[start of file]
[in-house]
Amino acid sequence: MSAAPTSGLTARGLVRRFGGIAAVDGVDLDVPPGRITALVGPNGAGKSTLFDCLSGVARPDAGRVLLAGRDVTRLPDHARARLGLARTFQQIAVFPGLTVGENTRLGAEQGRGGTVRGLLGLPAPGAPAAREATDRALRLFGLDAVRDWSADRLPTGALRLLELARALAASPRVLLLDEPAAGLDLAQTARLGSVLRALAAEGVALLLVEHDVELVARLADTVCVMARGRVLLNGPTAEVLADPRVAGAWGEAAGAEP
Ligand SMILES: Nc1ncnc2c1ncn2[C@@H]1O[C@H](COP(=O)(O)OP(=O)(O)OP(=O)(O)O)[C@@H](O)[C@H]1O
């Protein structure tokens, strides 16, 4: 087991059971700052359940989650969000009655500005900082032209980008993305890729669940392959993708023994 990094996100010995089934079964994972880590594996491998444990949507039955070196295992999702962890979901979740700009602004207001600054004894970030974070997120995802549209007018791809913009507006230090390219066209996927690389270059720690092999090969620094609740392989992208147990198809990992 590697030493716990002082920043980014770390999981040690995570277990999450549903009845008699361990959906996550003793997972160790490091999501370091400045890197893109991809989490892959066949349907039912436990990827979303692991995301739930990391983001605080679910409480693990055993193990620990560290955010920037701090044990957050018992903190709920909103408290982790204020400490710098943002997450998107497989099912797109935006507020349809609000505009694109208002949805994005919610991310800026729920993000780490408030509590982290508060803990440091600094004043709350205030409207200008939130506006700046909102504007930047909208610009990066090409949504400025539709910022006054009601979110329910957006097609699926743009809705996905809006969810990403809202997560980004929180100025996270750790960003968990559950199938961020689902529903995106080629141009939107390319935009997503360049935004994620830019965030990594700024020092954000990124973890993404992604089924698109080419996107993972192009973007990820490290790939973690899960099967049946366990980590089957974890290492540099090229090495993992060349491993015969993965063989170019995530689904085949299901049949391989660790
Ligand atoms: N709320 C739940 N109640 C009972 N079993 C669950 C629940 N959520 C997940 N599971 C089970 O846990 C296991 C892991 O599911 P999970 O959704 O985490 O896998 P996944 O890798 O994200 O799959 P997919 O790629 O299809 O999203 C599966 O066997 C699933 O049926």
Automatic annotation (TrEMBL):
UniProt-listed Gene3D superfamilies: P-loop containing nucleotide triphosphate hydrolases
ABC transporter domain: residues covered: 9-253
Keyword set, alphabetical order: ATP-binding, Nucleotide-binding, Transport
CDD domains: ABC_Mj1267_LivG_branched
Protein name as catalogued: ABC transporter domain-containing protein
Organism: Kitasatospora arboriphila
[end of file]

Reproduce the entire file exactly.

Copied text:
[in-house]
Amino acid sequence: MSAAPTSGLTARGLVRRFGGIAAVDGVDLDVPPGRITALVGPNGAGKSTLFDCLSGVARPDAGRVLLAGRDVTRLPDHARARLGLARTFQQIAVFPGLTVGENTRLGAEQGRGGTVRGLLGLPAPGAPAAREATDRALRLFGLDAVRDWSADRLPTGALRLLELARALAASPRVLLLDEPAAGLDLAQTARLGSVLRALAAEGVALLLVEHDVELVARLADTVCVMARGRVLLNGPTAEVLADPRVAGAWGEAAGAEP
Ligand SMILES: Nc1ncnc2c1ncn2[C@@H]1O[C@H](COP(=O)(O)OP(=O)(O)OP(=O)(O)O)[C@@H](O)[C@H]1O
């Protein structure tokens, strides 16, 4: 087991059971700052359940989650969000009655500005900082032209980008993305890729669940392959993708023994 990094996100010995089934079964994972880590594996491998444990949507039955070196295992999702962890979901979740700009602004207001600054004894970030974070997120995802549209007018791809913009507006230090390219066209996927690389270059720690092999090969620094609740392989992208147990198809990992 590697030493716990002082920043980014770390999981040690995570277990999450549903009845008699361990959906996550003793997972160790490091999501370091400045890197893109991809989490892959066949349907039912436990990827979303692991995301739930990391983001605080679910409480693990055993193990620990560290955010920037701090044990957050018992903190709920909103408290982790204020400490710098943002997450998107497989099912797109935006507020349809609000505009694109208002949805994005919610991310800026729920993000780490408030509590982290508060803990440091600094004043709350205030409207200008939130506006700046909102504007930047909208610009990066090409949504400025539709910022006054009601979110329910957006097609699926743009809705996905809006969810990403809202997560980004929180100025996270750790960003968990559950199938961020689902529903995106080629141009939107390319935009997503360049935004994620830019965030990594700024020092954000990124973890993404992604089924698109080419996107993972192009973007990820490290790939973690899960099967049946366990980590089957974890290492540099090229090495993992060349491993015969993965063989170019995530689904085949299901049949391989660790
Ligand atoms: N709320 C739940 N109640 C009972 N079993 C669950 C629940 N959520 C997940 N599971 C089970 O846990 C296991 C892991 O599911 P999970 O959704 O985490 O896998 P996944 O890798 O994200 O799959 P997919 O790629 O299809 O999203 C599966 O066997 C699933 O049926």
Automatic annotation (TrEMBL):
UniProt-listed Gene3D superfamilies: P-loop containing nucleotide triphosphate hydrolases
ABC transporter domain: residues covered: 9-253
Keyword set, alphabetical order: ATP-binding, Nucleotide-binding, Transport
CDD domains: ABC_Mj1267_LivG_branched
Protein name as catalogued: ABC transporter domain-containing protein
Organism: Kitasatospora arboriphila